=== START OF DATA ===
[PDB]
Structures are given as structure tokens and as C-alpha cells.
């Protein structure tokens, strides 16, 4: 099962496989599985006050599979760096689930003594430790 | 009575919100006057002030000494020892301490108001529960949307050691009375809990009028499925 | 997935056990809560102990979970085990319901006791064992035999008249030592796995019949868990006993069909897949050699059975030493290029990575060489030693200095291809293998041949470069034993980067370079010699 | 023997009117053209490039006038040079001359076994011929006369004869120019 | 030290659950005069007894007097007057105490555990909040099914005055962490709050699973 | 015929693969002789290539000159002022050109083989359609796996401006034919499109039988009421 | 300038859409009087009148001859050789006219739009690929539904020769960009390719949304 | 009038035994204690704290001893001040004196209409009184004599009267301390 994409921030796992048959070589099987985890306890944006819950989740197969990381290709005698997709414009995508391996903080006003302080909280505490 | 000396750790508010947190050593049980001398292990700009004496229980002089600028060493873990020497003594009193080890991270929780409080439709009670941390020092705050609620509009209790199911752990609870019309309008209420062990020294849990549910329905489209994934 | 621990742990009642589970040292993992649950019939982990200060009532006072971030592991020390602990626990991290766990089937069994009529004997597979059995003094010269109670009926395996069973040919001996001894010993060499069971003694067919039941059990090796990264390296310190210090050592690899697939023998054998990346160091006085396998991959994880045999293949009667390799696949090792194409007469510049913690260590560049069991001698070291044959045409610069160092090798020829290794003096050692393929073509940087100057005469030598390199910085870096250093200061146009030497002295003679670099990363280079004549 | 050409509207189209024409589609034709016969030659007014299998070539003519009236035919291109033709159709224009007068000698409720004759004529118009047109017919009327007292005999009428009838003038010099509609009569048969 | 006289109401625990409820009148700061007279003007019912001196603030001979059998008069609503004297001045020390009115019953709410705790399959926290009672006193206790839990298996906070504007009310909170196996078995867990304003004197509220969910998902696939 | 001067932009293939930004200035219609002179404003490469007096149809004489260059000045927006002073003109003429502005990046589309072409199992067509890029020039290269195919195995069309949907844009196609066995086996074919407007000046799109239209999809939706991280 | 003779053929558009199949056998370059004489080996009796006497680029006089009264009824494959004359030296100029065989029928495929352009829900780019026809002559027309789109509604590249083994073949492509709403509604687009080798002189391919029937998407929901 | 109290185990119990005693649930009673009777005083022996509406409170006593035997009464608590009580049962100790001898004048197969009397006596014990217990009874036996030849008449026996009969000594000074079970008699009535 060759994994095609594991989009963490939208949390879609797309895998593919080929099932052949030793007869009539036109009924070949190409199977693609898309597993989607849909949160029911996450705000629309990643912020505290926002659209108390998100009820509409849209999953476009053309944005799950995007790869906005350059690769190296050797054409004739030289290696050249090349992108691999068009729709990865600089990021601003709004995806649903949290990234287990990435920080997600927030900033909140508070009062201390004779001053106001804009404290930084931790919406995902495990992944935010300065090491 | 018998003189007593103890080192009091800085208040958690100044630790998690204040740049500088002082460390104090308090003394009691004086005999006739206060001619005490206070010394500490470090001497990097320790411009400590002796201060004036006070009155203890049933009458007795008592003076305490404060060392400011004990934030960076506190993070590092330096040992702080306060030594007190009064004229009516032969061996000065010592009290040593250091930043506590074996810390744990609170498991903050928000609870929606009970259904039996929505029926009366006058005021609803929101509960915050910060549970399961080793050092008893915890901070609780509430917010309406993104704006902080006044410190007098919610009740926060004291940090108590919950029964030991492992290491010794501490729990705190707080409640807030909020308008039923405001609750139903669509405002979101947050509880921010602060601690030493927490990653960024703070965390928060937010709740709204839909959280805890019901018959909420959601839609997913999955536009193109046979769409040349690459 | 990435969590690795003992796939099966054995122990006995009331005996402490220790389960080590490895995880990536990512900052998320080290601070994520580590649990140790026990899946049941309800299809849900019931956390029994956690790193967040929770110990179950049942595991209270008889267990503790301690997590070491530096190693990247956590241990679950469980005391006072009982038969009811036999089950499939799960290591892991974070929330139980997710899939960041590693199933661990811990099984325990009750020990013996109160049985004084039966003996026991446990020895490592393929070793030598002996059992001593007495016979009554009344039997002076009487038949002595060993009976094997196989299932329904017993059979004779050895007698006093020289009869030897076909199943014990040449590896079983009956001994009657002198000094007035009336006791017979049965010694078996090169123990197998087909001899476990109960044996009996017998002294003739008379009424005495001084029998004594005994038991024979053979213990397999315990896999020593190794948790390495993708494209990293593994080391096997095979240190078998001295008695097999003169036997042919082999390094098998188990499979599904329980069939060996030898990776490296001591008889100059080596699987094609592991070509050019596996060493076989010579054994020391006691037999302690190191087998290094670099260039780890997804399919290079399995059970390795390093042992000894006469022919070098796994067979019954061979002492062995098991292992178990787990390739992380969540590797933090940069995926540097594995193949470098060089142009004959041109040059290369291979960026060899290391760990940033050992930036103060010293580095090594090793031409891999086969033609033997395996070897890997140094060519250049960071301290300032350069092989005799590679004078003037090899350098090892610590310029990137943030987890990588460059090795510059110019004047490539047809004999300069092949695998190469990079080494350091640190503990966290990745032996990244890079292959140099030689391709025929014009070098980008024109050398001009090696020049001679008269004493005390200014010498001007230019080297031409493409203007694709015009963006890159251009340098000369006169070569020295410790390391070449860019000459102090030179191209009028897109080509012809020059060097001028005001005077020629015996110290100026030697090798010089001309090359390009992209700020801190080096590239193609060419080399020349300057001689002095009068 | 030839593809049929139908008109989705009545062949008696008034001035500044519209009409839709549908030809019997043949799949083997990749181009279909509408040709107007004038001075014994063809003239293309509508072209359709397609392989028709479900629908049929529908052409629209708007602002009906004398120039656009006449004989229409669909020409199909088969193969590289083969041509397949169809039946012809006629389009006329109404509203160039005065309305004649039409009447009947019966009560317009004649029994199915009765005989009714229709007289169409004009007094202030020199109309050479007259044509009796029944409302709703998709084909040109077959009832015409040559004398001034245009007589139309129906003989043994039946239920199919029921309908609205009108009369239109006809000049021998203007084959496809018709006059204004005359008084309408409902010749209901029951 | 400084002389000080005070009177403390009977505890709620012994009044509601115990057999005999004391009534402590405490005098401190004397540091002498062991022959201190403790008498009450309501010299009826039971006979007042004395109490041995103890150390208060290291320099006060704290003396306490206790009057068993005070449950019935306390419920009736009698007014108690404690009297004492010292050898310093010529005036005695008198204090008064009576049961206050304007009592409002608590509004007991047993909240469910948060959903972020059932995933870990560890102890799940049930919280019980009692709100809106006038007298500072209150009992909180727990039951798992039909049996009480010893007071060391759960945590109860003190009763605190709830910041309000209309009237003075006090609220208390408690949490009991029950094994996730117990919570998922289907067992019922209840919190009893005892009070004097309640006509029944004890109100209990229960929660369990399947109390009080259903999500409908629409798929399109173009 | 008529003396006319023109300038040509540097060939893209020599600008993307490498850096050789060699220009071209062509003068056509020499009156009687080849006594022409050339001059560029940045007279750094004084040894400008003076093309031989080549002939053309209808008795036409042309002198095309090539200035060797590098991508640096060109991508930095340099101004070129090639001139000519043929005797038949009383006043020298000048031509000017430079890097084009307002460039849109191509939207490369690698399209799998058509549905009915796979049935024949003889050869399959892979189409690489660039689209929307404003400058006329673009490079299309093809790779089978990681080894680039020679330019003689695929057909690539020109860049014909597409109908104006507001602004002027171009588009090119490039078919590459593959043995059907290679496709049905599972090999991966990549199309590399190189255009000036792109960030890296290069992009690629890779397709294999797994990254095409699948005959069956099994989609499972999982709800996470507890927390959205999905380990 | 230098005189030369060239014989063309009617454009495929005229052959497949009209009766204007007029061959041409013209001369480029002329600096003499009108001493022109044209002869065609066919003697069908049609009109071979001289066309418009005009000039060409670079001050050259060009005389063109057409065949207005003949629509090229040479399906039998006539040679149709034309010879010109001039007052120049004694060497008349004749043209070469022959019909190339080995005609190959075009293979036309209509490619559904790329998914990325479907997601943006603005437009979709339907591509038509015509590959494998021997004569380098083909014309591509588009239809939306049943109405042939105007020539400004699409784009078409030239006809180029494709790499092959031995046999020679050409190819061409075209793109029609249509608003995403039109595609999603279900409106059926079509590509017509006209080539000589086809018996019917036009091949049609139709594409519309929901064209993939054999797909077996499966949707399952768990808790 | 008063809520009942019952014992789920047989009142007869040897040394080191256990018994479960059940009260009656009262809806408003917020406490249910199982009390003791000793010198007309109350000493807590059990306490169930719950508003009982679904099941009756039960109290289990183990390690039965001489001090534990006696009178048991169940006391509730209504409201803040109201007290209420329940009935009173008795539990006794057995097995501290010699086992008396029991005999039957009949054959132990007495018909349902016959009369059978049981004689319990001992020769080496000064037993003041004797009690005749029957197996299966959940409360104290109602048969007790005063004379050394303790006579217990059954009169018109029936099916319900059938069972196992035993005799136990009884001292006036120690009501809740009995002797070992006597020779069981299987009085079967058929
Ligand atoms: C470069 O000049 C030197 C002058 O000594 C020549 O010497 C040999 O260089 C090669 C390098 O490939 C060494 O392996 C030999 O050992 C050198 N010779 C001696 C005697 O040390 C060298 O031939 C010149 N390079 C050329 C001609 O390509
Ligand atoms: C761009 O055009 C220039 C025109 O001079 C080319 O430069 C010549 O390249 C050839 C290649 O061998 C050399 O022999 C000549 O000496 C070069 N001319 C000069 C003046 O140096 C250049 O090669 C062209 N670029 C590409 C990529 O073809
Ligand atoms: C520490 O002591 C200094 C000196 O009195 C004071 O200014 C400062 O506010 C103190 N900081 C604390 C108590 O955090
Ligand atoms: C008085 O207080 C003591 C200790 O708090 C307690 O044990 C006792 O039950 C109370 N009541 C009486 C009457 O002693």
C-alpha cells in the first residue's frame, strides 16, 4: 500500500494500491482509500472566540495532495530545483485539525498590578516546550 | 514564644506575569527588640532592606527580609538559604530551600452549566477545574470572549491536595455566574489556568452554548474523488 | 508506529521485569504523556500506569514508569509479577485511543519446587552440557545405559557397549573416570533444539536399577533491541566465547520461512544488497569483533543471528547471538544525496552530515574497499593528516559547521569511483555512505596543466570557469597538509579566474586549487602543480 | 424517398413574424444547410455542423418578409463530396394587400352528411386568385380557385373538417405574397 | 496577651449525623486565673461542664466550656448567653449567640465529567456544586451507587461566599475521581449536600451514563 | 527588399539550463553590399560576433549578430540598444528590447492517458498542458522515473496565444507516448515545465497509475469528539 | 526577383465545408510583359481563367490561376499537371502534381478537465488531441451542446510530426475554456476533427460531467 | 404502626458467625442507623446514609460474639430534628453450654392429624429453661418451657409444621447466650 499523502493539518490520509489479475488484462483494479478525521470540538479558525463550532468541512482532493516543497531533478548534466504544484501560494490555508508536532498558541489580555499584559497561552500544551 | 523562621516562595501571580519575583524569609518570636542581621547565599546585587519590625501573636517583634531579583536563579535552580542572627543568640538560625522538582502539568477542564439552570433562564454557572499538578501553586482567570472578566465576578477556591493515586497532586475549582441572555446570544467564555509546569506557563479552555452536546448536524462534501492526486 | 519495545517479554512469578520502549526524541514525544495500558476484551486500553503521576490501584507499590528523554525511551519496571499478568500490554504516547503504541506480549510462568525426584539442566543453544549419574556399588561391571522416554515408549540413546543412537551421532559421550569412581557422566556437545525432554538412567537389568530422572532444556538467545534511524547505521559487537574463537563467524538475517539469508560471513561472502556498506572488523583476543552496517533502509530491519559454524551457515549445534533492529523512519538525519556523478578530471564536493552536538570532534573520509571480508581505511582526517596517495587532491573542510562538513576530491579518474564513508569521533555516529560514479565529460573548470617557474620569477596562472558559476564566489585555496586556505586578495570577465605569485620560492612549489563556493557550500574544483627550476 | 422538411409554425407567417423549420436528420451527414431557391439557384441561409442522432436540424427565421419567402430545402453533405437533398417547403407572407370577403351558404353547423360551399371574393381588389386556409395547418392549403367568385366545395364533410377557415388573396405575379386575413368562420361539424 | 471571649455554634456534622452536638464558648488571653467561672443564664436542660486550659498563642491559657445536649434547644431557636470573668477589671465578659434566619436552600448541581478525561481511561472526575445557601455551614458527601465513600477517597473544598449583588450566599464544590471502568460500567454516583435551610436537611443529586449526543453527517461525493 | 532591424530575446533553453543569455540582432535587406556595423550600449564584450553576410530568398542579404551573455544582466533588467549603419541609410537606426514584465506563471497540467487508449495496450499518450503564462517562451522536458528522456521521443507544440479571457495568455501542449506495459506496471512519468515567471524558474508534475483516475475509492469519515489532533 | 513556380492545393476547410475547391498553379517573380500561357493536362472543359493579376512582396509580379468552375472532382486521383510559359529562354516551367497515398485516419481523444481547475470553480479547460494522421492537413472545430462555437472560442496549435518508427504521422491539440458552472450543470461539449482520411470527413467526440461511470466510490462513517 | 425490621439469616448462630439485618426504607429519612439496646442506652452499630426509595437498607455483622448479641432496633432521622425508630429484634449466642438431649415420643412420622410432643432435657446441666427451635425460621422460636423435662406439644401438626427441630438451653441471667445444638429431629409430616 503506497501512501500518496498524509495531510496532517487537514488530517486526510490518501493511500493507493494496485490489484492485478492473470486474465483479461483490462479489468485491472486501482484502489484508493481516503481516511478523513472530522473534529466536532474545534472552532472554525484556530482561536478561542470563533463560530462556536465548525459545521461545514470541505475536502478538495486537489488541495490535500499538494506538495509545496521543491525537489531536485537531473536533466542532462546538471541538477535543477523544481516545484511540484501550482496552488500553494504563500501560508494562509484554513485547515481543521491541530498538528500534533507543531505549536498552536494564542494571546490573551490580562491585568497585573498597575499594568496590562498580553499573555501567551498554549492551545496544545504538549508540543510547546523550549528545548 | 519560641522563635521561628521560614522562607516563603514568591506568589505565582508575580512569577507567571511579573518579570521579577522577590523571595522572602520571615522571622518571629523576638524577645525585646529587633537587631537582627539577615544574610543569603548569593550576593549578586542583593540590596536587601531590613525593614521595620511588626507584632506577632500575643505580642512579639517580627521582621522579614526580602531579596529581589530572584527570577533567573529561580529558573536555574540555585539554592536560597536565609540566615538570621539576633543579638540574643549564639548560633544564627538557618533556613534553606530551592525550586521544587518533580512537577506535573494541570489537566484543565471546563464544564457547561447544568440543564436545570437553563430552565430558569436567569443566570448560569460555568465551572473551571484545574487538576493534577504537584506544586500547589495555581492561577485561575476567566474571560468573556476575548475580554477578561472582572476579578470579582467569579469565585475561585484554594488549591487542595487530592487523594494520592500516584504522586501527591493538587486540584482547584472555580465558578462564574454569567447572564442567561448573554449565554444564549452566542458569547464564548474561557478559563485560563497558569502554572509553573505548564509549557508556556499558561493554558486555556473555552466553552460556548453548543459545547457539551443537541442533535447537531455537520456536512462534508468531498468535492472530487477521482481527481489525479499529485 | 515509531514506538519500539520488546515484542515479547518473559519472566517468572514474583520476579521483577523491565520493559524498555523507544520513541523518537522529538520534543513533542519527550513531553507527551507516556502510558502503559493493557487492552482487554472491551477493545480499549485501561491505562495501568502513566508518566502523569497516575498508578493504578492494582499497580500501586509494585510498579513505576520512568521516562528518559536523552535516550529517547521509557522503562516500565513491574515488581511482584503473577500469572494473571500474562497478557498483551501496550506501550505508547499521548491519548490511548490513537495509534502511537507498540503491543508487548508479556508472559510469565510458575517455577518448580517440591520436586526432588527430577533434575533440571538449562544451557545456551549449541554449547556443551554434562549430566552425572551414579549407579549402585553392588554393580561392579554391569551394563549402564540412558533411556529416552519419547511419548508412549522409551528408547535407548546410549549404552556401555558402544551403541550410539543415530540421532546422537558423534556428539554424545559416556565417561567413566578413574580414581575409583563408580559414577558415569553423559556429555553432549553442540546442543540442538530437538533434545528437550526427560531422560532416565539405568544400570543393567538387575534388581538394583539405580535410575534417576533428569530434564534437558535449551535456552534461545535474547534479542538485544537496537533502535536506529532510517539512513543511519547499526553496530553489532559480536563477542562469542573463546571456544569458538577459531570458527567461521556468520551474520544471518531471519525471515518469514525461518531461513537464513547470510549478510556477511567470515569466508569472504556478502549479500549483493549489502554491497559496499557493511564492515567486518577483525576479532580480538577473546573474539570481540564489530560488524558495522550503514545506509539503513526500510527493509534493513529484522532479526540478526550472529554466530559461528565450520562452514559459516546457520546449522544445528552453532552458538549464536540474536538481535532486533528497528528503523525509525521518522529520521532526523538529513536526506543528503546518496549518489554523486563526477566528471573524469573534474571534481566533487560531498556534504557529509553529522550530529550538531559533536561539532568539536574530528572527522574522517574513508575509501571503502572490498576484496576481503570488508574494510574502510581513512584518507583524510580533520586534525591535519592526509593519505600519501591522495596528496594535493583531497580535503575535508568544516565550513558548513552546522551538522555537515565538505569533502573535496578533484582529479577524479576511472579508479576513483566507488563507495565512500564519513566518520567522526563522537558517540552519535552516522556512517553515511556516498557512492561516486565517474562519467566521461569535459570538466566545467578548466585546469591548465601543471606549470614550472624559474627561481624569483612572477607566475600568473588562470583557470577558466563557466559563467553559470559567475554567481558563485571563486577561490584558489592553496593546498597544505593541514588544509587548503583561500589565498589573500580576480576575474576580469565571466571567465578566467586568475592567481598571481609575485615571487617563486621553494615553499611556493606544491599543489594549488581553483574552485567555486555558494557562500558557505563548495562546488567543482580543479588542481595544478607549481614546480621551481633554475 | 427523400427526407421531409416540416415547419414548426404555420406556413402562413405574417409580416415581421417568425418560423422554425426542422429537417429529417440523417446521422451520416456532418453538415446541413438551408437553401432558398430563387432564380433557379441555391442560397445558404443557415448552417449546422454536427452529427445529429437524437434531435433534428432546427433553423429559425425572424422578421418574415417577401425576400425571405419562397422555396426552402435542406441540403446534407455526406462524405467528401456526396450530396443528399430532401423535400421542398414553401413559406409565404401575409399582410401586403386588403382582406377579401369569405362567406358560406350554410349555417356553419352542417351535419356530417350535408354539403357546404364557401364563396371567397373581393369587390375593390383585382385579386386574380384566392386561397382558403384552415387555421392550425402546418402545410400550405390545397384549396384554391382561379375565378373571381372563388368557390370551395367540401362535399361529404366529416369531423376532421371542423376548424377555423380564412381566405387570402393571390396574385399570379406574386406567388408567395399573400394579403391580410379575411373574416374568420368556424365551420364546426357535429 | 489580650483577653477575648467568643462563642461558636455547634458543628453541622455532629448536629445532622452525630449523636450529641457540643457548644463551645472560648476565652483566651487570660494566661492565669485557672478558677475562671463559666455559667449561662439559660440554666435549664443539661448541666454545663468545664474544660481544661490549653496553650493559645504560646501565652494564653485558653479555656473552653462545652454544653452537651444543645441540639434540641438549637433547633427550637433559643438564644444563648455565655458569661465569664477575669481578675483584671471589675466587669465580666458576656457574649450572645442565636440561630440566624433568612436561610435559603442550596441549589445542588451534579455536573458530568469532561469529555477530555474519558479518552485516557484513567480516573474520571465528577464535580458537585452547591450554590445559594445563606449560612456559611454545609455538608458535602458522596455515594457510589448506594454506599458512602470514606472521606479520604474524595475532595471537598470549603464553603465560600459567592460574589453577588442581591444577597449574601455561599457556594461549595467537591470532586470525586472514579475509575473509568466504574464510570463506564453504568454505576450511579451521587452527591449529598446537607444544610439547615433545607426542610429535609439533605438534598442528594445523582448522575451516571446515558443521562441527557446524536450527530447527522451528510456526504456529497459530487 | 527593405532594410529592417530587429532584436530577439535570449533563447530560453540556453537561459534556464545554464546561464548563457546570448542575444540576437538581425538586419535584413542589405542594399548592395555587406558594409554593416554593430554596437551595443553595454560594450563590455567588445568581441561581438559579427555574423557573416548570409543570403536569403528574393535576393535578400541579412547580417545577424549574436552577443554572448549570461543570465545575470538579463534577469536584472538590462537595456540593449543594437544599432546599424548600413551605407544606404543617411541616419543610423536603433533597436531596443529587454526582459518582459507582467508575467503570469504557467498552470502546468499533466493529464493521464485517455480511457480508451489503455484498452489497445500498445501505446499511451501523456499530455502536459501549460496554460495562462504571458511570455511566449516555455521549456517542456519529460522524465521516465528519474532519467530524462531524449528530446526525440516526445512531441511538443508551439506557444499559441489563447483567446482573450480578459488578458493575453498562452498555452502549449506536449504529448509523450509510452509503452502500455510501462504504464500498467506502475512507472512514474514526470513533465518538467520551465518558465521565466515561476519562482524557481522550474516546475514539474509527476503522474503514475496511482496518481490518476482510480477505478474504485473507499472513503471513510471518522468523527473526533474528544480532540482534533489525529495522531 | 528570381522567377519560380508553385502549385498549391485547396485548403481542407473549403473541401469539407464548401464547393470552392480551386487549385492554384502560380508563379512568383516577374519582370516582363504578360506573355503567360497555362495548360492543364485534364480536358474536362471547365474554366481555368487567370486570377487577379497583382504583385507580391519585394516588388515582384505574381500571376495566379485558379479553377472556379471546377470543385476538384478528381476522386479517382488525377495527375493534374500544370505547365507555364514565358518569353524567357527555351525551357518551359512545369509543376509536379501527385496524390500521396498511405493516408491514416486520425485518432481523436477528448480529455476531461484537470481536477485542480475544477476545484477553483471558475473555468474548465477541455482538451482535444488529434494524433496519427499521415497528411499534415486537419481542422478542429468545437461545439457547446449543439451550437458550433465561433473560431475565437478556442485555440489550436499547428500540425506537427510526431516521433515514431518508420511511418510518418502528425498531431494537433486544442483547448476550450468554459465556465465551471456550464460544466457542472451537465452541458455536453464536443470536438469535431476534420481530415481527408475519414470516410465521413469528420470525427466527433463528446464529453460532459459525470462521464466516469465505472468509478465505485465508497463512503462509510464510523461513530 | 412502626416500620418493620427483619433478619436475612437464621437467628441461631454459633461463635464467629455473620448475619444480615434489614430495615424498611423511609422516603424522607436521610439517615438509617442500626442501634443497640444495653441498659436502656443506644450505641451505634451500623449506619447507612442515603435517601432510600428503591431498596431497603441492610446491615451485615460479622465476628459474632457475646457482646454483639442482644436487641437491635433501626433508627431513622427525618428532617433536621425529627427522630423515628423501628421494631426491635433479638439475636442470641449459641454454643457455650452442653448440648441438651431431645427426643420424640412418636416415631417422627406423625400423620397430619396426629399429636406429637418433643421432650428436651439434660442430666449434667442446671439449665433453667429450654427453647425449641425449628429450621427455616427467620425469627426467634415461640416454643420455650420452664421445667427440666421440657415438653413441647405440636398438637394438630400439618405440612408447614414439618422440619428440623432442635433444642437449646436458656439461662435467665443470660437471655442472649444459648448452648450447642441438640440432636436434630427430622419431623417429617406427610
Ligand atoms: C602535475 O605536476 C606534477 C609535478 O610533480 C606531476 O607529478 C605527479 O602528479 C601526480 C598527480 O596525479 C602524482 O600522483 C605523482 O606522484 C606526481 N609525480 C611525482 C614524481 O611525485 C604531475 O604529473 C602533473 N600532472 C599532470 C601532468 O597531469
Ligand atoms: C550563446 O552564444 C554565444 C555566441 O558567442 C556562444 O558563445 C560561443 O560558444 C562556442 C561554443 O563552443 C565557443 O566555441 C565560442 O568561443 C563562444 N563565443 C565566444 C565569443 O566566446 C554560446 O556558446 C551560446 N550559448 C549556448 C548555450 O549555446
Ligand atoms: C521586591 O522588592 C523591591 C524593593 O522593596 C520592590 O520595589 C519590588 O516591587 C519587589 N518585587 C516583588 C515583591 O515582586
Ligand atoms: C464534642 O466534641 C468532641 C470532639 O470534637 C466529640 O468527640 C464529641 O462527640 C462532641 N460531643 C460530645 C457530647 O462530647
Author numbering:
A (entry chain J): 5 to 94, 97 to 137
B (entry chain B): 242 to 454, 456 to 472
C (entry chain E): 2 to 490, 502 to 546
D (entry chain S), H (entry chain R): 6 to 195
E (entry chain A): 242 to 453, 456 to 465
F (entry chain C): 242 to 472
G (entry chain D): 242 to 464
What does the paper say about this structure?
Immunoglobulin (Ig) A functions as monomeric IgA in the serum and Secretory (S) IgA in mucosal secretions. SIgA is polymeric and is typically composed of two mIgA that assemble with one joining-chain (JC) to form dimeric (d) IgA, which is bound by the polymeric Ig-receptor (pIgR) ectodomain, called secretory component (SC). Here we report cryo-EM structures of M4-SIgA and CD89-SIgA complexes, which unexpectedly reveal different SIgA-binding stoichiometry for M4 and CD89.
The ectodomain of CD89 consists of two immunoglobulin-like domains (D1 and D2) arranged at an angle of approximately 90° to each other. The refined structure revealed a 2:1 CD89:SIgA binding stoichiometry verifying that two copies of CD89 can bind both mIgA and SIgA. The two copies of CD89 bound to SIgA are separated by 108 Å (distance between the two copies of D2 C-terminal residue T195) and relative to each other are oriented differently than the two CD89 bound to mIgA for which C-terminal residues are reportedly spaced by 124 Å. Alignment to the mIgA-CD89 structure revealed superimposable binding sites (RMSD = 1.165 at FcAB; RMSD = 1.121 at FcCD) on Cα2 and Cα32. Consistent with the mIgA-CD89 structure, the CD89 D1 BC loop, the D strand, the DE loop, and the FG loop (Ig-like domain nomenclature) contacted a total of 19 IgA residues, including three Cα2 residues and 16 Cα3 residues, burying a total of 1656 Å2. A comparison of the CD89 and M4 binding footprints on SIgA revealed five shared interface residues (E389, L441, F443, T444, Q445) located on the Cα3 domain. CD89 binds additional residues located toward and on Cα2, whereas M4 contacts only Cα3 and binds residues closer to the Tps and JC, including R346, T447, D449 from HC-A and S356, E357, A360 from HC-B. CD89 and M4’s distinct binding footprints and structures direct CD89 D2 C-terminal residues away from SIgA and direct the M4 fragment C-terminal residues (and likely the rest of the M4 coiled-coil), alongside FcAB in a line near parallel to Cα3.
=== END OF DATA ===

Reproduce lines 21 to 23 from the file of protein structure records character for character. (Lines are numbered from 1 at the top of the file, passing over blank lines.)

What does the paper say about this structure?
Immunoglobulin (Ig) A functions as monomeric IgA in the serum and Secretory (S) IgA in mucosal secretions. SIgA is polymeric and is typically composed of two mIgA that assemble with one joining-chain (JC) to form dimeric (d) IgA, which is bound by the polymeric Ig-receptor (pIgR) ectodomain, called secretory component (SC). Here we report cryo-EM structures of M4-SIgA and CD89-SIgA complexes, which unexpectedly reveal different SIgA-binding stoichiometry for M4 and CD89.
The ectodomain of CD89 consists of two immunoglobulin-like domains (D1 and D2) arranged at an angle of approximately 90° to each other. The refined structure revealed a 2:1 CD89:SIgA binding stoichiometry verifying that two copies of CD89 can bind both mIgA and SIgA. The two copies of CD89 bound to SIgA are separated by 108 Å (distance between the two copies of D2 C-terminal residue T195) and relative to each other are oriented differently than the two CD89 bound to mIgA for which C-terminal residues are reportedly spaced by 124 Å. Alignment to the mIgA-CD89 structure revealed superimposable binding sites (RMSD = 1.165 at FcAB; RMSD = 1.121 at FcCD) on Cα2 and Cα32. Consistent with the mIgA-CD89 structure, the CD89 D1 BC loop, the D strand, the DE loop, and the FG loop (Ig-like domain nomenclature) contacted a total of 19 IgA residues, including three Cα2 residues and 16 Cα3 residues, burying a total of 1656 Å2. A comparison of the CD89 and M4 binding footprints on SIgA revealed five shared interface residues (E389, L441, F443, T444, Q445) located on the Cα3 domain. CD89 binds additional residues located toward and on Cα2, whereas M4 contacts only Cα3 and binds residues closer to the Tps and JC, including R346, T447, D449 from HC-A and S356, E357, A360 from HC-B. CD89 and M4’s distinct binding footprints and structures direct CD89 D2 C-terminal residues away from SIgA and direct the M4 fragment C-terminal residues (and likely the rest of the M4 coiled-coil), alongside FcAB in a line near parallel to Cα3.